Wheat led grain markets higher on Monday, over fears that Russia may increase export restrictions.
The macroeconomic picture was, by the standards of last week, quiet.
Asian equity markets were higher overnight, and the FTSE and Dow only trimmed the sharp gains seen on Thursday and Friday of last week.
Oil futures fell back, as March Brent crude fell 5.6% to 30.38 a barrel as markets closed in Chicago, but is still up more than 10% from levels seen last Thursday.
And there was a touch more ag price support from Russia, as president Vladimir Putin said that the country is looking into introducing duties on exports of mineral fertilizers, in order to make them more attractive to farmers.
Russia is the world’s second-ranked potash producer after Canada.
More significant new from Russia came as Interfax news agency, which is not state owned, carried reports the Russian Agriculture ministry is considering clamping down on grain exports until the summer harvest.
The weakness of the rouble is triggering food inflation, and discouraging exports will reduce domestic prices.
But Darrell Holaday of Country Futures pointed out that increasing the export tax “reduce cash inflow into the country,” something that Russia may be loath to do.
“Currently, the consensus is that they will not implement the export tax, but there is more talk about this week than there was last week,” said Mr Holaday.
March Paris wheat finished up 1.8% at E167.25 a tonne.
Also supporting wheat was the news that speculators engaged in less short-covering than expected last week.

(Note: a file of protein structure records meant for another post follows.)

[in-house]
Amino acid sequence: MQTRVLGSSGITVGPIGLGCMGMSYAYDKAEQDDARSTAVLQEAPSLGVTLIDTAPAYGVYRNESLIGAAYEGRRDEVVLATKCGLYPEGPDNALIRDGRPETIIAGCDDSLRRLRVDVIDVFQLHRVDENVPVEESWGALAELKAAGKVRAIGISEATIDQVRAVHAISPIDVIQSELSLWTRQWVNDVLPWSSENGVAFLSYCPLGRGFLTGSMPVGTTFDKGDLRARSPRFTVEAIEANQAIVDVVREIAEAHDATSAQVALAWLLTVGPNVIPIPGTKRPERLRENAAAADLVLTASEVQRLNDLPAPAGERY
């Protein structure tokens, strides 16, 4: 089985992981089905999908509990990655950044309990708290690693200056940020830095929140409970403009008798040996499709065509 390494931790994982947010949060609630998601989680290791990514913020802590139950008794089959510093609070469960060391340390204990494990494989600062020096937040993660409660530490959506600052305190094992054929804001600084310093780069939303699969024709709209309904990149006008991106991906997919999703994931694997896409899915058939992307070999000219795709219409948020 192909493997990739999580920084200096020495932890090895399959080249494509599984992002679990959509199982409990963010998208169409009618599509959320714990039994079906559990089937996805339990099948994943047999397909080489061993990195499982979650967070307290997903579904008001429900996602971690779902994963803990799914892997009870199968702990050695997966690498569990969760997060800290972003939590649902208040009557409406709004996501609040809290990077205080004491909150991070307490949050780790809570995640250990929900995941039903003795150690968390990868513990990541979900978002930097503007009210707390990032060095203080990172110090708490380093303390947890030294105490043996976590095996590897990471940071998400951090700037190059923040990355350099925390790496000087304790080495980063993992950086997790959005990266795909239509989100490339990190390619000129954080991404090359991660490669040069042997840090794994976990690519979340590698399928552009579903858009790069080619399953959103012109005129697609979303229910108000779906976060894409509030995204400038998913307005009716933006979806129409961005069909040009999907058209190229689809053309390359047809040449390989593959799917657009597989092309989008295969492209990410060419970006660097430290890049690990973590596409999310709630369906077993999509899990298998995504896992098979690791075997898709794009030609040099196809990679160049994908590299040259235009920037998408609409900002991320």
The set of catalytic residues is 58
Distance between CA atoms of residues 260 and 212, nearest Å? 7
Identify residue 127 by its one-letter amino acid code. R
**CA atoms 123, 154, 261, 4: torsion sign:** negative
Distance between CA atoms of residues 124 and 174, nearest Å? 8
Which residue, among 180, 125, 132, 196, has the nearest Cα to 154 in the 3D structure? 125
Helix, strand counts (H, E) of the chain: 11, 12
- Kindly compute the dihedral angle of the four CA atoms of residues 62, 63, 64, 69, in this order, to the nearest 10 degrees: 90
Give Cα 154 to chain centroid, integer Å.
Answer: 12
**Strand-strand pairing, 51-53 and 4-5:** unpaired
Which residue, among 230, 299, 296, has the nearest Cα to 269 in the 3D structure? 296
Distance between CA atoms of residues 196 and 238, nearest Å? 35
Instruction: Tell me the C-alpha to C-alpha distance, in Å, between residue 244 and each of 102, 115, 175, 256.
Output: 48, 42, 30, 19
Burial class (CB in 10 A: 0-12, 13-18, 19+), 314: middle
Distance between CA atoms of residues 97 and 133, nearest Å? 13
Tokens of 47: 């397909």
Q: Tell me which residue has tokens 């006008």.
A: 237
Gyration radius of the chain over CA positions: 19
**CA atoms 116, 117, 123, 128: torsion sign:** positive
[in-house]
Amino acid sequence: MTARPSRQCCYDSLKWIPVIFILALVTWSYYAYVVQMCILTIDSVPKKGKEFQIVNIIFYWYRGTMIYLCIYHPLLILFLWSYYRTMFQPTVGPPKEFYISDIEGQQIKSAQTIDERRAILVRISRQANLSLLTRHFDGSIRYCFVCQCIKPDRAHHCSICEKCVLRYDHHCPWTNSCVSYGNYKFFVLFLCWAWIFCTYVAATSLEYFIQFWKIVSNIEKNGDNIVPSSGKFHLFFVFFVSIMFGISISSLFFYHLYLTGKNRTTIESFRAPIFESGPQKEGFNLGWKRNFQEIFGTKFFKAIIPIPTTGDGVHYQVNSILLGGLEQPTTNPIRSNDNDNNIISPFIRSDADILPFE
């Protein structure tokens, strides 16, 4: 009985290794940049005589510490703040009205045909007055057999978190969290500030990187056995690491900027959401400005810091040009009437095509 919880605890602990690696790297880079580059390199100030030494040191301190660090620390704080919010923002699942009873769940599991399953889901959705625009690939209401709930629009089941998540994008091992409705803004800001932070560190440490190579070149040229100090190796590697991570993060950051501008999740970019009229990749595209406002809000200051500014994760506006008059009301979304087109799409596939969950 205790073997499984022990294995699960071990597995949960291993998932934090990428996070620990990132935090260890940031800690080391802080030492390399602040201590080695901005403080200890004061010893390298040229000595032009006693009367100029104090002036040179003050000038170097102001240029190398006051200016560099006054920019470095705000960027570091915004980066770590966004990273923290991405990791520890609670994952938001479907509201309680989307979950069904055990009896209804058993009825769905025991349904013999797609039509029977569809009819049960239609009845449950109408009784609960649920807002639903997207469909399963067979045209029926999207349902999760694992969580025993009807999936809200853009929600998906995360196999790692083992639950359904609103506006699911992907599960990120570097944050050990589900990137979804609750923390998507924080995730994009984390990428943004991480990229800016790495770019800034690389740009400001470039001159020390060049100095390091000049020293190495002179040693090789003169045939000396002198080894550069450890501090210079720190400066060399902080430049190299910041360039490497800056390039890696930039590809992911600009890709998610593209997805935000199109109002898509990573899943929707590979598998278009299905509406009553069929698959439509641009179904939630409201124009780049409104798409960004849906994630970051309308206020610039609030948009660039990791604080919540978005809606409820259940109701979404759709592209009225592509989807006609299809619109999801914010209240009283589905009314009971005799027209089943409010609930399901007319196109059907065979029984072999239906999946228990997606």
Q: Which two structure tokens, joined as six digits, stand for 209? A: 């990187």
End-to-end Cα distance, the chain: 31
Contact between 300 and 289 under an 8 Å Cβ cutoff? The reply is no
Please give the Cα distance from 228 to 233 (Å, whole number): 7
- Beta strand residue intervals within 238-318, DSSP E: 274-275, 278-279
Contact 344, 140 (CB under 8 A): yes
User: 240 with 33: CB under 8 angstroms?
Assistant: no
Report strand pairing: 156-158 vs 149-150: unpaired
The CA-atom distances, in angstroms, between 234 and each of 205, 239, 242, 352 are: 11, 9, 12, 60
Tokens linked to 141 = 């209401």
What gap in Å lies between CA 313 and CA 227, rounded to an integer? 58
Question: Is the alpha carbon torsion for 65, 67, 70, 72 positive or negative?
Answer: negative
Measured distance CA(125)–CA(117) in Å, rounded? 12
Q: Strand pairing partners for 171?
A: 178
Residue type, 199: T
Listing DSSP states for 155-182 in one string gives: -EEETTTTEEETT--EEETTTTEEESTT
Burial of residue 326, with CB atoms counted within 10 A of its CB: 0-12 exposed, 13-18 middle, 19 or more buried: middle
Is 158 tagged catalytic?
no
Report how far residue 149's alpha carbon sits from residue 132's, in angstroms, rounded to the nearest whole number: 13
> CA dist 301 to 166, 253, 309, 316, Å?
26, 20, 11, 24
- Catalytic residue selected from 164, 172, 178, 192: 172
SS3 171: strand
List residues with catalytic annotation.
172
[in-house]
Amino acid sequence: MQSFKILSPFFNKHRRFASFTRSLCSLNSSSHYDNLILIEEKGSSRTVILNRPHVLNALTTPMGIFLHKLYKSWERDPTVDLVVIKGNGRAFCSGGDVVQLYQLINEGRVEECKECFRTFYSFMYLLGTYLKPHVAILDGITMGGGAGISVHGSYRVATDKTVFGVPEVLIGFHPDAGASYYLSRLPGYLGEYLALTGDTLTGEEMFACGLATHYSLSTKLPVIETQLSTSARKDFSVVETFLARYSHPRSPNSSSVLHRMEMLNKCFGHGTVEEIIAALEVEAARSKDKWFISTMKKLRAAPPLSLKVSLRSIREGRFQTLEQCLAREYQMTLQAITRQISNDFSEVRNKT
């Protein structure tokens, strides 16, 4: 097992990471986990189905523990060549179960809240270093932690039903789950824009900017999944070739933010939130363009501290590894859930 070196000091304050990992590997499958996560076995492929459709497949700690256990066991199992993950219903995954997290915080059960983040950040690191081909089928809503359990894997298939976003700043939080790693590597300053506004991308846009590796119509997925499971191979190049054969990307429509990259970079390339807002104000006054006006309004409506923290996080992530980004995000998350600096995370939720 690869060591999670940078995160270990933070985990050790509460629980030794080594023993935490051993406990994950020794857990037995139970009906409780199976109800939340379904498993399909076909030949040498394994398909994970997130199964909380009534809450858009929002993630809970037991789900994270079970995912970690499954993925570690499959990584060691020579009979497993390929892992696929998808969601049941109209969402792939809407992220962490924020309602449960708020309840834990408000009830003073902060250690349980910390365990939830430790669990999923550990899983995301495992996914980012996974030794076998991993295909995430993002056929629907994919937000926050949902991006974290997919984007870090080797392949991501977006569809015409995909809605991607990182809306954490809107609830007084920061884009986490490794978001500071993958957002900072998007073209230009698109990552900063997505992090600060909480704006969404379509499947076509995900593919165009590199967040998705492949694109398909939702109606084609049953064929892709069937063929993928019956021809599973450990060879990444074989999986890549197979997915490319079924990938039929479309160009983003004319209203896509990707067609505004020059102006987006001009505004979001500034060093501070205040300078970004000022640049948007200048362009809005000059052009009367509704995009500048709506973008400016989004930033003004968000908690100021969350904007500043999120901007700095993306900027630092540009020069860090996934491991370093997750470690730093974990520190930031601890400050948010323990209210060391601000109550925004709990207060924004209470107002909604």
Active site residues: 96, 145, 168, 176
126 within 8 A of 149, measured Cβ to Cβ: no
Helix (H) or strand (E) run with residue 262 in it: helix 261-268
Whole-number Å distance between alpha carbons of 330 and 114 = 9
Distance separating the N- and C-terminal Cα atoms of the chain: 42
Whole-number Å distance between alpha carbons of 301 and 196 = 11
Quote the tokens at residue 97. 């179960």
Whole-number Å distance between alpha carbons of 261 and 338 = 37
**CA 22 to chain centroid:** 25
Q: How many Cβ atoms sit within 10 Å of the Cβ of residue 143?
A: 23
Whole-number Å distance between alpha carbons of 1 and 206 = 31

According to CFTC data, In the week to last Tuesday managed money trimmed its large net short in Chicago wheat by just over 1,000 lots.
“I have to respect the idea that the funds could cover more shorts,” warned Bran Henry, of Benson Quinn commodities.
March Chicago wheat rose 1.3% to settle at $4.81 Ѕ a bushel.
Soybeans got support from weather in Argentina, which has been trending dryer.
Tregg Cronin, of Halo Commodities, noted that it “seems to be a situation where they’re living rainfall to rainfall which is satisfactory as long as they keep coming”.
The US Department of Agriculture reported weekly soybean exports at 1.197m tonnes, down from 1.399m tonnes last week.
“The current pace is no better than the 5 year average and well below year ago levels,” noted Mr Holaday.
March soybeans rose 0.4% to settle at $8.80 Ѕ a bushel.
Meanwhile, US corn export inspections remain very low, at 599,765 tonnes.
Indian corn imports are continuing apace, after droughts hit the country, which is usually a net exporter.
India’s state-run PEC trading company was reported to have bought 225,500 tonnes of corn from Ukraine, with a similar size tender expected to be announced at the start of next month.
March corn ended down 0.2% at $3.69 ѕ a bushel.
Cocoa futures fell, as bean arrival from the world’s top grower Ivory Coast remain steady.
Ivorian bean arrivals so far this season were estimated at 1,014,000 tonnes, down from 1,045,000 tonnes at the same time in last year’s record season.
March New York cocoa settled down 1.9%, at $2,819 a tonne.
Net-long holds strong
Sugar futures took a tumble, after the commitment of traders showed that there was still more room for speculator short selling.
Managed money still has a net long of just over 197,000 lots in raw sugar.
Thomas Kujawa, of Sucden Finanical, reported trade estimates that “the figure would be lower by perhaps as much as 30,000-40,000 lots.
“With the hard fall and drop in the market last Wednesday, where we saw some stops triggered in the price action, and heavy volume but then some retracement back into the range on Thursday and Friday we would probably all guestimate that he net spec is still quite long and not far from the recent highs,” Mr Kujawa noted.
The size of the net-long is weighing on sugar prices, as it raises the risk of a rapid downward sell-off.
March raw sugar futures settled down 2.2%, at 14.1 cents a pound.
March robusta settled down 0.4%, at $1,389 a tonne, holding above Thursday’s 6-year low of $1,339 a tonne.
But March arabica futures settled 0.4%, at 116.45 cents a pound.
(Source – http://www.agrimoney.com/marketreport/pm-markets-wheat-rallies-on-russian-tariff-threat–3472.html)